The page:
So reads the rain spattered headstone. We stood by the grave of Harry Hannay and a tropical storm brewed.
The Kanchanaburi War Cemetery is the main prisoner of war cemetery associated with victims of the infamous Burma Railway. It is located in the eponymous town and province west of Bangkok and maintained, beautifully, by the Commonwealth War Graves Commission (CWGC). There are some 6,982 former POWs buried here, mostly Australian, British and Dutch.
Lest we forget let us recall how many worked and died on this railway:
|Workers on the Burma Railways||
|Asian Laborers||200,000||c. 80,000|
|American POW’s||700||c. 356|
|Korean & Japanese soldiers||15,000||1,000|
When we are in Kanchanaburi province we usually try to visit at least one of the two CWGC cemeteries. The Burma Railway has touched our family in a number of ways. A cousin who survived the travails of the railway (and Changi POW Camp) but spoke sparingly of the experience. The Galloway postman, similarly forced to work on the railway, who delivered my letters, postmarked Thailand, to my father, when I was posted to Bangkok in the early 80s.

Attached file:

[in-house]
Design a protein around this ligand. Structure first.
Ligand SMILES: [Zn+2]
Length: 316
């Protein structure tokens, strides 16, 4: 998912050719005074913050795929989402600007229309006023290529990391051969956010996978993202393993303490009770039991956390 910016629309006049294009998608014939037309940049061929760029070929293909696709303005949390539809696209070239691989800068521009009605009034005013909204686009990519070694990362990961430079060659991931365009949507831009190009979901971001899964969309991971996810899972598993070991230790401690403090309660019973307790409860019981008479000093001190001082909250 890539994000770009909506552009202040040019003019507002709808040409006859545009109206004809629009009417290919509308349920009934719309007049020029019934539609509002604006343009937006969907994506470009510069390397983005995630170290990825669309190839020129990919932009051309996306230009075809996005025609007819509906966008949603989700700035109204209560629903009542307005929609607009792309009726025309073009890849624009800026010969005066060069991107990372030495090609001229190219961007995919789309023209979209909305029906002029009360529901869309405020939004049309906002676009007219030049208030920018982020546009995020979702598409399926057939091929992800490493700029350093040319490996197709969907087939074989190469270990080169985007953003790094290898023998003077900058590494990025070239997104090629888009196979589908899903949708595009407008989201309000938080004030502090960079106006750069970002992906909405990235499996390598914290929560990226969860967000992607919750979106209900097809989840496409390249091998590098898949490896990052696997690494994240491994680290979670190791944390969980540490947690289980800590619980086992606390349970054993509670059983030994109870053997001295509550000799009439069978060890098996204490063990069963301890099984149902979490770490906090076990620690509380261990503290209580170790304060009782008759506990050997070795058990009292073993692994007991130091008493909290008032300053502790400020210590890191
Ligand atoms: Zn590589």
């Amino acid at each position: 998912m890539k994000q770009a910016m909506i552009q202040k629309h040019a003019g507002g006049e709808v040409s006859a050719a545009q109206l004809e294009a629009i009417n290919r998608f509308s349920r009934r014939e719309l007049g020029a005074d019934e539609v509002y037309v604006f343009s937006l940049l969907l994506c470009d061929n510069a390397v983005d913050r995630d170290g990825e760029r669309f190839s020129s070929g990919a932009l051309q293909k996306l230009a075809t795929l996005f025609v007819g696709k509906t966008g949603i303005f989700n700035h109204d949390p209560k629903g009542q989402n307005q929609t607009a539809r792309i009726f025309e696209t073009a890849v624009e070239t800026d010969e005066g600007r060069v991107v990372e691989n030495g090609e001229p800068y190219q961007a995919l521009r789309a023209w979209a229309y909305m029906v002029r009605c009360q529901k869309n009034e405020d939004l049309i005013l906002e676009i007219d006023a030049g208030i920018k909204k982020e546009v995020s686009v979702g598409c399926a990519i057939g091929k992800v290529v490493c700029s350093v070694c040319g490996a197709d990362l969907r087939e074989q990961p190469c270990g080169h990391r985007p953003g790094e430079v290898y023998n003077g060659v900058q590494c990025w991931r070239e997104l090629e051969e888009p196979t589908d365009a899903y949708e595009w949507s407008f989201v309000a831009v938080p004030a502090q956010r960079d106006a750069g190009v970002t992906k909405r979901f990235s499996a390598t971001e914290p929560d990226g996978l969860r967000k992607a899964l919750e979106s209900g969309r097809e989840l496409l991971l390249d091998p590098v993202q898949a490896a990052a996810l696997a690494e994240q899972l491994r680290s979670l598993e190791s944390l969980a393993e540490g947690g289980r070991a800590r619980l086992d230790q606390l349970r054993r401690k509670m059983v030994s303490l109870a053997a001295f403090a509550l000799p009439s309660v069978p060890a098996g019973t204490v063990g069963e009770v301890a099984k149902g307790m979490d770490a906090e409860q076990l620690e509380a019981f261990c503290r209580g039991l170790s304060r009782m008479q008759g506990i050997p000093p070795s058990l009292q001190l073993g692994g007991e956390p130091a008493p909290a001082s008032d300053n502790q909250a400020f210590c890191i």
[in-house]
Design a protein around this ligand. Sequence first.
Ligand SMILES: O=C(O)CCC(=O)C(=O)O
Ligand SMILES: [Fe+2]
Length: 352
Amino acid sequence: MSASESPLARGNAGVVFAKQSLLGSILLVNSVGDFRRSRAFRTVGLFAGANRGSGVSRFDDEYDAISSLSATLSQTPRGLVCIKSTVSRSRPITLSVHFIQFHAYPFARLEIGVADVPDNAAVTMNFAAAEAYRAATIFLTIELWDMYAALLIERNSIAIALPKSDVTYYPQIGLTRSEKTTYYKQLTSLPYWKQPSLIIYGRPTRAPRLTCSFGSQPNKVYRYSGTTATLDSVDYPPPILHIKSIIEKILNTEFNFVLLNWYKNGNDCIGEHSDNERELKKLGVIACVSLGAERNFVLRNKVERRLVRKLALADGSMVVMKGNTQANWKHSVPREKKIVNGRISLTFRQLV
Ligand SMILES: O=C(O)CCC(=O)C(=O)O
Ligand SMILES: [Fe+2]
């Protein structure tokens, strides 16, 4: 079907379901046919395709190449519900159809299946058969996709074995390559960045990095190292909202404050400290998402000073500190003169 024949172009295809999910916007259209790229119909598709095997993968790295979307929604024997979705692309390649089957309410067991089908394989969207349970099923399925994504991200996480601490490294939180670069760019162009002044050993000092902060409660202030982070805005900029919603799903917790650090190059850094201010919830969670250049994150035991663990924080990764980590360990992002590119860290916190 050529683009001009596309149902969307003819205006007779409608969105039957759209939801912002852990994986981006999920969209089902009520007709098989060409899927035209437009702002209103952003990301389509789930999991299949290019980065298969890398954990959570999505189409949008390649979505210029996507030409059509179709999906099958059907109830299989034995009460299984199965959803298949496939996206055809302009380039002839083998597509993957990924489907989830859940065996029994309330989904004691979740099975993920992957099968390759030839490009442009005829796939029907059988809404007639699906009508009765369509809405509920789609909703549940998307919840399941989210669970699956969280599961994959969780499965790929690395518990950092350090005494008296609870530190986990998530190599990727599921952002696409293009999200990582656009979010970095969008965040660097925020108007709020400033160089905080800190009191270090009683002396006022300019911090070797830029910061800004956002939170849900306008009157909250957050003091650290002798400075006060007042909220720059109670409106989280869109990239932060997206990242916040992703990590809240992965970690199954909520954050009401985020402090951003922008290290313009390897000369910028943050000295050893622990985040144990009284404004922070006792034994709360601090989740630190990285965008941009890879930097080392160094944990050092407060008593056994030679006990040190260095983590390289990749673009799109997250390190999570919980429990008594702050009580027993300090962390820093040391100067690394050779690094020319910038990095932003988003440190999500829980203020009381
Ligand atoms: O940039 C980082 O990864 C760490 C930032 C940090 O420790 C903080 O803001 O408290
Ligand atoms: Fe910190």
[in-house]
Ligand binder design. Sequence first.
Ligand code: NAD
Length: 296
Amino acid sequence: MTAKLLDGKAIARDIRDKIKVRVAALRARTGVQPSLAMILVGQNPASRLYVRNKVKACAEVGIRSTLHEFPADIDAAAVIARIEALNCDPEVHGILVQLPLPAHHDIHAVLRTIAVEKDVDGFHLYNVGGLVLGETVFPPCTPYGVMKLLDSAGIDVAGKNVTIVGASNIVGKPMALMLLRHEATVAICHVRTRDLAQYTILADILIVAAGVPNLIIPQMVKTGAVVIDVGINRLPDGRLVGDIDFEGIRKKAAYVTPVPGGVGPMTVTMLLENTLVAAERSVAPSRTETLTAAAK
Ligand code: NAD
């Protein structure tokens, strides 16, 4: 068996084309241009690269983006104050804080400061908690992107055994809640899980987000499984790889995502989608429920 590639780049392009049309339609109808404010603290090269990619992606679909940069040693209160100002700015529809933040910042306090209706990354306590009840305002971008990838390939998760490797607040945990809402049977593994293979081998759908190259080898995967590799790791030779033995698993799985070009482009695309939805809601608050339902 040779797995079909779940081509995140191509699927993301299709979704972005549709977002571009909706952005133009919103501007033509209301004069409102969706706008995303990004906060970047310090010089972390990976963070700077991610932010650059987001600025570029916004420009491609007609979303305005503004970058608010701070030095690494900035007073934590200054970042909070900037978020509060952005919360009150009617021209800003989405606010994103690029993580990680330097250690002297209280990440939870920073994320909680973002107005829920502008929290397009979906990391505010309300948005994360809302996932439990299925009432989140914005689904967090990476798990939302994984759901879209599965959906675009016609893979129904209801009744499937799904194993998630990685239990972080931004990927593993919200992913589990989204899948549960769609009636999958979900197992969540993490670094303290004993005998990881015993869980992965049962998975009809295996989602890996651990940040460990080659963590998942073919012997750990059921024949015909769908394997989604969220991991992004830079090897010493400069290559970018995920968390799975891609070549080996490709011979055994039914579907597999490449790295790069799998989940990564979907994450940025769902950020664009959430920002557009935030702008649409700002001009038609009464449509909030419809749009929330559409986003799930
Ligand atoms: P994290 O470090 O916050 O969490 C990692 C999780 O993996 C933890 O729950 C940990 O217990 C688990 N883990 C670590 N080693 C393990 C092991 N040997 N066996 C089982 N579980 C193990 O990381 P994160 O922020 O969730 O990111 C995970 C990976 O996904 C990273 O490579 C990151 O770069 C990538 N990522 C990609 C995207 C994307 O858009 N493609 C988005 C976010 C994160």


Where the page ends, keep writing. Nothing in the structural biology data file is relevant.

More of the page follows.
Visiting these cemeteries usually makes for a reflective and atmospheric occasion but this time there was added poignancy. One of my sons, like many teenagers “a master of the internet”, came across Private Harry in the CWGC “Debt of Honour Register” (try it with your own family name you may be surprised) buried at position 4.F.77 in the Kanchanaburi War Cemetery. Not long after our family were standing by his grave.
Who was Harry Hannay? A relative? Certainly I was surprised to see the Hannay clan motto “Per Ardua ad Alta” (shared incidentally by the University of Birmingham) on the head stone. I decided to do some more research. My father, the family genealogist, had not heard of him and drew a blank when he made further inquiries with other family members in Galloway. So not related then. Nonetheless I felt it a kind of duty to try to piece together a history.
The graves of most of those who died during the construction and maintenance of the Burma Railway (except for the Americans, whose remains were repatriated) were transferred from camp burial grounds and isolated sites along the railway into three cemeteries at Chungkai and Kanchanaburi in Thailand and Thanbyuzayat in Burma. The Kanchanaburi War Cemetery is only a short distance from the site of the former ‘Kanburi’, the prisoner of war base camp through which most of the prisoners passed on their way to other camps. The Kanchanaburi and Chungkai war cemeteries comprise a consolidation of graves found on the southern half (effectively the Thai side) of the Burma Railway from Ban Pong to the Three Pagoda Pass.